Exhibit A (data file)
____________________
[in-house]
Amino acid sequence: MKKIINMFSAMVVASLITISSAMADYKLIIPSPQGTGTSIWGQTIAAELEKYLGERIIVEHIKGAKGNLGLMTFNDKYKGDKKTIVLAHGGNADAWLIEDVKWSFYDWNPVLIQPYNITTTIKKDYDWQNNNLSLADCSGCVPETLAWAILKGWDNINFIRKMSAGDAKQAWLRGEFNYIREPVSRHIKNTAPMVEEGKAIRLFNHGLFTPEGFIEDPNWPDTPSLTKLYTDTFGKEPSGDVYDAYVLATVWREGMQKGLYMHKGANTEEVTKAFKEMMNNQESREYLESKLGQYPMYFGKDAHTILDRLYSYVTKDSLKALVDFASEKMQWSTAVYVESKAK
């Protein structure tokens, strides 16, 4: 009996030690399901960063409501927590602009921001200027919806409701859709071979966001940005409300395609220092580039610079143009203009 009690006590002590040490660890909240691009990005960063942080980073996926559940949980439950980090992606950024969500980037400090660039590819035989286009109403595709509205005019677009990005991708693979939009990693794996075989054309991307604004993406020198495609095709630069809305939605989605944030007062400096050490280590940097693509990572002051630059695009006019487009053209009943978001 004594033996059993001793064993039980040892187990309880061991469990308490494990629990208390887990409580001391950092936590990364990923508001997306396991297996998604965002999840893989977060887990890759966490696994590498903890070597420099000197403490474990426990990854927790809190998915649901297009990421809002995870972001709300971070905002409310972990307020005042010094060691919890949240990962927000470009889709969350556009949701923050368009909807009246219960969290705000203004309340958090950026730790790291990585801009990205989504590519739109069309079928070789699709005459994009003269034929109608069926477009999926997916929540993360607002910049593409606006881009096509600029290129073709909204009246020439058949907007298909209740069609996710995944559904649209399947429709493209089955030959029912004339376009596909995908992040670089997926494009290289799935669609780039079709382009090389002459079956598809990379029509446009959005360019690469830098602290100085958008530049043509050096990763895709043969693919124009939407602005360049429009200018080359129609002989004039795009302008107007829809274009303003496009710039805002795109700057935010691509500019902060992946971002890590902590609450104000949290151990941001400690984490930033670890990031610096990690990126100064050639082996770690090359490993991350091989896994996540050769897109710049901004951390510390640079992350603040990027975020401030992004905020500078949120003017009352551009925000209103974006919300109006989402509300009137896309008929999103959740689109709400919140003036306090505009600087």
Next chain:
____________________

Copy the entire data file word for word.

[in-house]
Amino acid sequence: MKKIINMFSAMVVASLITISSAMADYKLIIPSPQGTGTSIWGQTIAAELEKYLGERIIVEHIKGAKGNLGLMTFNDKYKGDKKTIVLAHGGNADAWLIEDVKWSFYDWNPVLIQPYNITTTIKKDYDWQNNNLSLADCSGCVPETLAWAILKGWDNINFIRKMSAGDAKQAWLRGEFNYIREPVSRHIKNTAPMVEEGKAIRLFNHGLFTPEGFIEDPNWPDTPSLTKLYTDTFGKEPSGDVYDAYVLATVWREGMQKGLYMHKGANTEEVTKAFKEMMNNQESREYLESKLGQYPMYFGKDAHTILDRLYSYVTKDSLKALVDFASEKMQWSTAVYVESKAK
């Protein structure tokens, strides 16, 4: 009996030690399901960063409501927590602009921001200027919806409701859709071979966001940005409300395609220092580039610079143009203009 009690006590002590040490660890909240691009990005960063942080980073996926559940949980439950980090992606950024969500980037400090660039590819035989286009109403595709509205005019677009990005991708693979939009990693794996075989054309991307604004993406020198495609095709630069809305939605989605944030007062400096050490280590940097693509990572002051630059695009006019487009053209009943978001 004594033996059993001793064993039980040892187990309880061991469990308490494990629990208390887990409580001391950092936590990364990923508001997306396991297996998604965002999840893989977060887990890759966490696994590498903890070597420099000197403490474990426990990854927790809190998915649901297009990421809002995870972001709300971070905002409310972990307020005042010094060691919890949240990962927000470009889709969350556009949701923050368009909807009246219960969290705000203004309340958090950026730790790291990585801009990205989504590519739109069309079928070789699709005459994009003269034929109608069926477009999926997916929540993360607002910049593409606006881009096509600029290129073709909204009246020439058949907007298909209740069609996710995944559904649209399947429709493209089955030959029912004339376009596909995908992040670089997926494009290289799935669609780039079709382009090389002459079956598809990379029509446009959005360019690469830098602290100085958008530049043509050096990763895709043969693919124009939407602005360049429009200018080359129609002989004039795009302008107007829809274009303003496009710039805002795109700057935010691509500019902060992946971002890590902590609450104000949290151990941001400690984490930033670890990031610096990690990126100064050639082996770690090359490993991350091989896994996540050769897109710049901004951390510390640079992350603040990027975020401030992004905020500078949120003017009352551009925000209103974006919300109006989402509300009137896309008929999103959740689109709400919140003036306090505009600087």
Next chain: